7News-Suffolk Poll: Taxachusetts?
The Hiller Instinct: 7News-Suffolk Poll: Taxachusetts?
At the State House, the "T" word is the key word. But while the governor promises to veto any tax hike, and legislative leaders say new taxes are off the table, Massachusetts voters don't believe it.
When we asked, "Do you think the state will raise taxes later this year?" 47 percent said yes, 40 percent no and 13 percent were undecided.
"It means that people are being honest with themselves, that taxes will be raised, and Mitt Romney will benefit from that, because Mitt Romney doesn't have to raise taxes, the legislature will."
Prof. David Paleologos, Suffolk University Pollster
We found surprising support for new revenues in our exclusive poll. When asked if the state should raise taxes or reduce services, 48 percent said raise taxes, 32 percent reduce services, 19 percent both or undecided.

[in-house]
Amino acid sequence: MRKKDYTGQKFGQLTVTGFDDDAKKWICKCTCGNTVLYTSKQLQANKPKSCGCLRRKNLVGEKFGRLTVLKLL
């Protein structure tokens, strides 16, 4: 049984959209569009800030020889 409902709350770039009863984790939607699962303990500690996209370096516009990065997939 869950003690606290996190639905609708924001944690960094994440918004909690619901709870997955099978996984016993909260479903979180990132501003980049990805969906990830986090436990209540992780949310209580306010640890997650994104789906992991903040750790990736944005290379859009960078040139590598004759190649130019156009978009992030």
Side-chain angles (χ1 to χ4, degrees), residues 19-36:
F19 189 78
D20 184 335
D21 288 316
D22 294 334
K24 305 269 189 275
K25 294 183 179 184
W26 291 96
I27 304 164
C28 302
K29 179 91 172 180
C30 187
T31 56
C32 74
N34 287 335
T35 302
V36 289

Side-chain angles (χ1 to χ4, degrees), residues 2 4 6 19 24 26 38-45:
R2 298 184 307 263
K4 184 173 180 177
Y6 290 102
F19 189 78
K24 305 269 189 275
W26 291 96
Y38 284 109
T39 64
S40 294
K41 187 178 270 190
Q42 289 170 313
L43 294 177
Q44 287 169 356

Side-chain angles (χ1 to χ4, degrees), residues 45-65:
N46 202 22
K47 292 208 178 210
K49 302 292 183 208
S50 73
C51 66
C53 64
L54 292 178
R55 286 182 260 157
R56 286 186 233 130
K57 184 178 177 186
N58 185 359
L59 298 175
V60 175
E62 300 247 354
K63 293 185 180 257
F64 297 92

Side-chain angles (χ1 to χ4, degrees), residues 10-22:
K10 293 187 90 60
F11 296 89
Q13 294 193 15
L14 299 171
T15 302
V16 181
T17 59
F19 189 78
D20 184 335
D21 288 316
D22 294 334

Drilling deeper into our state of mind, we learned the programs state voters want to protect most are Medicaid benefits and education and that their top options for savings are reducing lottery pay-outs and selling state owned land and property. We also discovered the most acceptable tax hike would be a boost in the state income tax.
Asked if they'd support a five percent increase in the state income tax, 48 percent said yes, 47 percent no, with five percent undecided.
"This question cuts on gender. Women want this tax increase, the five percent tax increase, and they are driving this question to be as close as it is."
Prof. David Paleologos
And who do voters blame for the state's fiscal crisis? More than any politician, they say it's the flat economy.